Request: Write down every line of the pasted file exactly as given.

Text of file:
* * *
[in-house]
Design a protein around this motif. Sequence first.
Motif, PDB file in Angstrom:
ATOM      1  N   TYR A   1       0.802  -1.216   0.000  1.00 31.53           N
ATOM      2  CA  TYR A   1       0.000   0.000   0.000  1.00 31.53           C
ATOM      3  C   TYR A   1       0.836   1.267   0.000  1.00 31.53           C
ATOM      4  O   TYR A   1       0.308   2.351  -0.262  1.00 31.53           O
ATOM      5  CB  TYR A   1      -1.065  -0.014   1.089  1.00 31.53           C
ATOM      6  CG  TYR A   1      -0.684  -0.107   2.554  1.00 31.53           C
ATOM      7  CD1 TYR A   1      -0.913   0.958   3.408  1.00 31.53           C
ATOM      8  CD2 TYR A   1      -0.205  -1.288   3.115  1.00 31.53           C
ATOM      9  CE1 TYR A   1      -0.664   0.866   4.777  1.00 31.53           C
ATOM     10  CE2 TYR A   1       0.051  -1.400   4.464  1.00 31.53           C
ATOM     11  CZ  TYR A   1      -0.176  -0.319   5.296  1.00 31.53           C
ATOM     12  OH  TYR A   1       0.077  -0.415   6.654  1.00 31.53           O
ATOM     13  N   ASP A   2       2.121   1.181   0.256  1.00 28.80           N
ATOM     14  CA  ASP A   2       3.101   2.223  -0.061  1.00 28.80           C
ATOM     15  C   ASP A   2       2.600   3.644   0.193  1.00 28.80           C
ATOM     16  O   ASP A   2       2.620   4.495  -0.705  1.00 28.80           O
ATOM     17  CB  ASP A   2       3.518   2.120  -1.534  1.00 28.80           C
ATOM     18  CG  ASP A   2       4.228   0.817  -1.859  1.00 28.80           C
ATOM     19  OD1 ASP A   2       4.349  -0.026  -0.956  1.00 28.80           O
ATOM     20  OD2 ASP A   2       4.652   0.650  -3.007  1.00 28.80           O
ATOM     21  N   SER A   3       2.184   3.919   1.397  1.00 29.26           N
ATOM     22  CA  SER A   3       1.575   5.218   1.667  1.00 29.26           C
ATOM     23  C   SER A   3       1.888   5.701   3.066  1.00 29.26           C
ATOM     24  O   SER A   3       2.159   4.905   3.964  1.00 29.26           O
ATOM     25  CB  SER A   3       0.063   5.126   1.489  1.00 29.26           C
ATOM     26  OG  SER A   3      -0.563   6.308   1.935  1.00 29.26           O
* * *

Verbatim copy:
[in-house]
Design a protein around this motif. Sequence first.
Motif, PDB file in Angstrom:
ATOM      1  N   TYR A   1       0.802  -1.216   0.000  1.00 31.53           N
ATOM      2  CA  TYR A   1       0.000   0.000   0.000  1.00 31.53           C
ATOM      3  C   TYR A   1       0.836   1.267   0.000  1.00 31.53           C
ATOM      4  O   TYR A   1       0.308   2.351  -0.262  1.00 31.53           O
ATOM      5  CB  TYR A   1      -1.065  -0.014   1.089  1.00 31.53           C
ATOM      6  CG  TYR A   1      -0.684  -0.107   2.554  1.00 31.53           C
ATOM      7  CD1 TYR A   1      -0.913   0.958   3.408  1.00 31.53           C
ATOM      8  CD2 TYR A   1      -0.205  -1.288   3.115  1.00 31.53           C
ATOM      9  CE1 TYR A   1      -0.664   0.866   4.777  1.00 31.53           C
ATOM     10  CE2 TYR A   1       0.051  -1.400   4.464  1.00 31.53           C
ATOM     11  CZ  TYR A   1      -0.176  -0.319   5.296  1.00 31.53           C
ATOM     12  OH  TYR A   1       0.077  -0.415   6.654  1.00 31.53           O
ATOM     13  N   ASP A   2       2.121   1.181   0.256  1.00 28.80           N
ATOM     14  CA  ASP A   2       3.101   2.223  -0.061  1.00 28.80           C
ATOM     15  C   ASP A   2       2.600   3.644   0.193  1.00 28.80           C
ATOM     16  O   ASP A   2       2.620   4.495  -0.705  1.00 28.80           O
ATOM     17  CB  ASP A   2       3.518   2.120  -1.534  1.00 28.80           C
ATOM     18  CG  ASP A   2       4.228   0.817  -1.859  1.00 28.80           C
ATOM     19  OD1 ASP A   2       4.349  -0.026  -0.956  1.00 28.80           O
ATOM     20  OD2 ASP A   2       4.652   0.650  -3.007  1.00 28.80           O
ATOM     21  N   SER A   3       2.184   3.919   1.397  1.00 29.26           N
ATOM     22  CA  SER A   3       1.575   5.218   1.667  1.00 29.26           C
ATOM     23  C   SER A   3       1.888   5.701   3.066  1.00 29.26           C
ATOM     24  O   SER A   3       2.159   4.905   3.964  1.00 29.26           O
ATOM     25  CB  SER A   3       0.063   5.126   1.489  1.00 29.26           C
ATOM     26  OG  SER A   3      -0.563   6.308   1.935  1.00 29.26           O